Staff shortages and high reliever costs have forced Whanganui Intermediate School (WIS) to implement a hybrid learning model until at least the end of the term.
Four clusters of students take it in turns to spend one day a week learning at home, with the whole school being on site every Friday.
Principal Katherine Ellery said the price for hiring relief teachers was currently around $1500 per day more than the school was funded for by the Ministry of Education.
"That's massive, especially when you start multiplying it by five for one week.
"How do we keep our head above water? The whole place will go broke if we keep going."
Ellery said she sent the school's accounts to a Ministry of Education accountant, who was set to visit Whanganui Intermediate this week.
Around 12 to 15 of the 60 staff were out of action each day.
"We did everything we could before we went to hybrid but this is what we are faced with.
"Now we are in it I think we are going okay. We are still open for five days and we are still bringing the school together on a Friday.
"We are limping to the end of the term."
The school's whānau were co-operating with the move really well, Ellery said.
Children of critical workers can attend the school every day of the week.
"Parents have to juggle what they are doing and they have been fantastic.
"We are a school of 550 and I think I've only had two or three 'moany' emails. The massive majority are helping us and we are really grateful."
Ellery said of the 150-strong clusters of students, around 10 from each were coming to school on the days they were rostered to learn from home.
Classes were reduced for two days at Whanganui High School (WHS) this week, but no hybrid models had been introduced as yet, deputy principal Jenny Langrish said.
"With the current levels of teacher and relief teacher illness, we didn't have the capacity to run a full teaching and learning programme.
"Students attended periods two, three and four, out of the usual five.
"We asked them to come at 10am and depart at 2pm."
It was the first time the school had implemented the plan and Langrish said she hoped it would be a one-off.
Nine teachers were currently involved in te reo Māori professional learning development (PLD) and students were competing in The Big Sing in Palmerston North.
"Those things are still going ahead so the students have some sense of normality and the staff have PLD.
"Combine that with Covid and general illness, and we did reduce our hours."
There was still "a lot of relief to cover".
"School are definitely under the pump. Our staff have been amazing but it hasn't been easy," Langrish said.
WIS students learning from home use the Google Classroom and Education Perfect online platforms.
"We are confident that what we offer off-site is better quality than sticking relievers in front of kids," Ellery said.
"As you soon as go to hybrid, staff exhaustion levels are dealt with as well. That means we don't have as many [staff] absences."
A parent, who wished to remain anonymous, said she had one child at WIS and one at WHS.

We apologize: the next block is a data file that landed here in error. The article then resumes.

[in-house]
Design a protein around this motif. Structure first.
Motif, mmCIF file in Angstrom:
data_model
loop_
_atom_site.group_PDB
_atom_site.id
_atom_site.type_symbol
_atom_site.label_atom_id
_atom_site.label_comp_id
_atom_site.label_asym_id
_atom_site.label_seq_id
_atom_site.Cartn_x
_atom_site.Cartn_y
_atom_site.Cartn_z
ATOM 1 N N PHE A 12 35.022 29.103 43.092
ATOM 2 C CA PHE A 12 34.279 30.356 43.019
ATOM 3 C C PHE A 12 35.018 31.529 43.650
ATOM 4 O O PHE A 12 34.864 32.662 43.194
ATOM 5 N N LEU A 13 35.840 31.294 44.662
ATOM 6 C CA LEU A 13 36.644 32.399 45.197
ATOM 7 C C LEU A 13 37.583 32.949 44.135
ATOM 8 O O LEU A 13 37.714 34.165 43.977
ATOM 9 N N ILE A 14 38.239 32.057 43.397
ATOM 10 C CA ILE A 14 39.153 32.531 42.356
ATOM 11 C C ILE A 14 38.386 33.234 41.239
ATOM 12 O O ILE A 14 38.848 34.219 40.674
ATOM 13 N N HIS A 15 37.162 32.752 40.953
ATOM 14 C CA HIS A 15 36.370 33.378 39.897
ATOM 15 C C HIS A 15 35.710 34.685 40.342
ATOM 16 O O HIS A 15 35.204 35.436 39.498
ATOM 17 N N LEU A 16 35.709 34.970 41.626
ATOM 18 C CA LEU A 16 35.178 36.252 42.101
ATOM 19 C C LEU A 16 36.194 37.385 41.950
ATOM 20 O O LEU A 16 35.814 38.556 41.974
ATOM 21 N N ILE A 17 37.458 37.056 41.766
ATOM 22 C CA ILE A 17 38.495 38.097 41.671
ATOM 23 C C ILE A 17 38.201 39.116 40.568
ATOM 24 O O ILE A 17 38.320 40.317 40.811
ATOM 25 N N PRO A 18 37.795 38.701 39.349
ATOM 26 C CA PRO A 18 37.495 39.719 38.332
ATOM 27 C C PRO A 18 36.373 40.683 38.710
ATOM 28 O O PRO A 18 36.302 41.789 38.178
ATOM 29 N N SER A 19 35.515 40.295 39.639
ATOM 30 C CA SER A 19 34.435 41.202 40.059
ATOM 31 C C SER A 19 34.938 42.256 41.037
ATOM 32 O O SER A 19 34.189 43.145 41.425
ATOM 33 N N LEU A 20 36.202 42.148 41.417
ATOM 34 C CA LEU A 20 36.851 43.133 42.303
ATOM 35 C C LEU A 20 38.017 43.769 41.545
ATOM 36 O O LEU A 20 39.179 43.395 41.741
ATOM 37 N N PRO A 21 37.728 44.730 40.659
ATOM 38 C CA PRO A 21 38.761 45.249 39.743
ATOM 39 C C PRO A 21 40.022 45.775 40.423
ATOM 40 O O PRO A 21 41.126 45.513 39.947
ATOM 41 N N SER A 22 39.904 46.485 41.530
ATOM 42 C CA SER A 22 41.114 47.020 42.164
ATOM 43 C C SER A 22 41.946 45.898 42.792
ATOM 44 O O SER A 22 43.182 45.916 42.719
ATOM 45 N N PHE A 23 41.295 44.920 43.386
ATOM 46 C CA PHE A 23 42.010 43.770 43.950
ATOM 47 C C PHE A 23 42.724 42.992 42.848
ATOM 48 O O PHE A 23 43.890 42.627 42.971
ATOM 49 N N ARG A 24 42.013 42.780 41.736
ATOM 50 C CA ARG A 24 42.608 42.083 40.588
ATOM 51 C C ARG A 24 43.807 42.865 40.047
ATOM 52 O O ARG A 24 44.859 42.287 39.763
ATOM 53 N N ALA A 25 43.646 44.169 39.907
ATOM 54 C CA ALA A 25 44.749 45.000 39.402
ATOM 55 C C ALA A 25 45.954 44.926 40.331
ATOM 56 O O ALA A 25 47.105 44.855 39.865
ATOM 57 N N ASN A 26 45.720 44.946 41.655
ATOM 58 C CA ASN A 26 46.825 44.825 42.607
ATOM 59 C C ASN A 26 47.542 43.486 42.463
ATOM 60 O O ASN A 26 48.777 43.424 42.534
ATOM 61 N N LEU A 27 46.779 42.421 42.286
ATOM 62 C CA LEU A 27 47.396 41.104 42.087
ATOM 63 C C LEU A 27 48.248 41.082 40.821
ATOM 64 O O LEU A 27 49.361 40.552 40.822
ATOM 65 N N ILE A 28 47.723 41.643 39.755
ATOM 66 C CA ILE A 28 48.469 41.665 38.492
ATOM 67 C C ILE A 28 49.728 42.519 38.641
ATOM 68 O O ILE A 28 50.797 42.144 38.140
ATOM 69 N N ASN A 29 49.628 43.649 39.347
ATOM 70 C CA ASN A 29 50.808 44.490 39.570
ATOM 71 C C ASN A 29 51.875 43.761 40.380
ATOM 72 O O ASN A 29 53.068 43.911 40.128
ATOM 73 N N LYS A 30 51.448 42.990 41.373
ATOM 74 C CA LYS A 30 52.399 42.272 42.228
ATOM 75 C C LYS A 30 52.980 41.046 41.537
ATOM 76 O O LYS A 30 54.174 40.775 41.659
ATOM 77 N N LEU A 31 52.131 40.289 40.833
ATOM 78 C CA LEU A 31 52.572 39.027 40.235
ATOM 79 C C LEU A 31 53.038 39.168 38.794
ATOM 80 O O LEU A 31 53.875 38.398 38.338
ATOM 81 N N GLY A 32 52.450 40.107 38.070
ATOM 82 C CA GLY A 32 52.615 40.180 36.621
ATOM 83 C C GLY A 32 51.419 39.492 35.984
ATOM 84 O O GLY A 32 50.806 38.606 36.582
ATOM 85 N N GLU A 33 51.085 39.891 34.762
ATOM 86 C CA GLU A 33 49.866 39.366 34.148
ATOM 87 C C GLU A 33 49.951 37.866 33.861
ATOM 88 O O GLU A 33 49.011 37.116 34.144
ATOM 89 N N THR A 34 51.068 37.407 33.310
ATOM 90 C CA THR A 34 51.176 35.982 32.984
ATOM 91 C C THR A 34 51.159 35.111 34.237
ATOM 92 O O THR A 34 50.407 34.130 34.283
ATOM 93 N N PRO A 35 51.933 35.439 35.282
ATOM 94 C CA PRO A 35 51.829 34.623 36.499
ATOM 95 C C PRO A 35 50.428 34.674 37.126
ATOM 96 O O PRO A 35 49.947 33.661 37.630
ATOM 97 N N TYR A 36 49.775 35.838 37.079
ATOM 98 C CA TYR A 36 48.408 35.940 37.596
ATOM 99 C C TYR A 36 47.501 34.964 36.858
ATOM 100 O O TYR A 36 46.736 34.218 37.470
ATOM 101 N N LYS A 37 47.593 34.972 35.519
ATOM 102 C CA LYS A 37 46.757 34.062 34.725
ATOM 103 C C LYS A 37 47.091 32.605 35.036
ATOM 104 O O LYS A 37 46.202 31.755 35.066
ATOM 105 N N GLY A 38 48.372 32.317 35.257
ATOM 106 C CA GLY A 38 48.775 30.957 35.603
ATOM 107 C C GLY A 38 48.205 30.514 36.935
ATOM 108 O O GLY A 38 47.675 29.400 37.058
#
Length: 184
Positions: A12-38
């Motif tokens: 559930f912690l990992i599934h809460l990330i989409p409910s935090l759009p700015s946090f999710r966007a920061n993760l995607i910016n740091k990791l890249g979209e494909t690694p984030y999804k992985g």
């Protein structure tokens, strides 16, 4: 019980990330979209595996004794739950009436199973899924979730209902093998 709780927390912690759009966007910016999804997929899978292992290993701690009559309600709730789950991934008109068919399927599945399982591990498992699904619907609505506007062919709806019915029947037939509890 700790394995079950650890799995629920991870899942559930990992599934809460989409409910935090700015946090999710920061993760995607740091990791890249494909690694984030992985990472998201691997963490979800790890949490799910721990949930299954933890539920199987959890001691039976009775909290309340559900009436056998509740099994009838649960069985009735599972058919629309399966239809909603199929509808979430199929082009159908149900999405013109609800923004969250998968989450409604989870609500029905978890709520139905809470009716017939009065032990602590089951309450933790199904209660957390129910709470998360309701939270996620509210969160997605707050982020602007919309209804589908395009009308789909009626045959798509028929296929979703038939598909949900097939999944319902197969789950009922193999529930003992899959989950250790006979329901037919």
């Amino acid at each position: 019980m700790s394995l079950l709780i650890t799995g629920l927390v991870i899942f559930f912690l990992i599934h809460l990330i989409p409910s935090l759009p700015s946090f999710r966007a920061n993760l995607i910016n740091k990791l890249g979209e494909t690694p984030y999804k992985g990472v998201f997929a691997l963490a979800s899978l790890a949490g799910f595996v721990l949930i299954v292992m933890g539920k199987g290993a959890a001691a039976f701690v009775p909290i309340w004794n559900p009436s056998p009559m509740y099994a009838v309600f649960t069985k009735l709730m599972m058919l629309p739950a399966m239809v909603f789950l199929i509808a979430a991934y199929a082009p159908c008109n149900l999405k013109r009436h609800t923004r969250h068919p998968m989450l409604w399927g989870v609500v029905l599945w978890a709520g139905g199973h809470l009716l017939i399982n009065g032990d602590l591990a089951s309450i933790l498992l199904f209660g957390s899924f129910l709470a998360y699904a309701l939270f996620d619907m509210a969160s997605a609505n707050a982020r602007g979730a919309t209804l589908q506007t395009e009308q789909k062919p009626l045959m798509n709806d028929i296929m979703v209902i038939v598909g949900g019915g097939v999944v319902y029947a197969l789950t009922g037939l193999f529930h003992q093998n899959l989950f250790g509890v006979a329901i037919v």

She worked from home or a grandparent looked after the intermediate-aged child on the rostered days away from school.
"I prefer the hybrid model. As a working, single parent, it suits me better. They [WIS] have a really good online set-up too.
"When you've got a job it's actually a massive inconvenience to have to drop your kid off at 10am and pick them up at 2pm. We live too far away for her to walk to school.
"She's come to work with me then I've had to leave 40 minutes later to drop her at school. I'll have to leave work early to pick her up as well."
Ministry of Education leader of operations and integration Sean Teddy said there was "no one solution" that would work for all schools and kura.
"There are a number of short and longer-term options that they can explore," Teddy said.
"Staff in our regional offices work with principals to consider solutions to specific staffing needs.
"We encourage schools to reach out to their local Ministry of Education office if they are facing staffing challenges."
Schools were doing an outstanding job in challenging circumstances and extra ministry funding had been added through the relief teacher fund, Teddy said.
Schools and kura only needed to fund the first four days of a teacher's absence due to illness, once.
"Any subsequent absences [for the same teacher] in the current school year will be funded by the relief fund from day one of the absence, where schools have incurred additional costs employing a reliever to backfill a teacher's position while they're off sick."
Backfilling refers to temporarily filling a position left by a specifically skilled employee.
The parent said both schools had given advance notice and had been really informative on their decision-making process.
"At the end of the day, everybody is affected at the moment.
"I would rather they [WIS] acknowledge that they can't do it than try to do it and do it badly.
"At least we know that when the kids are at school they are getting the attention they deserve."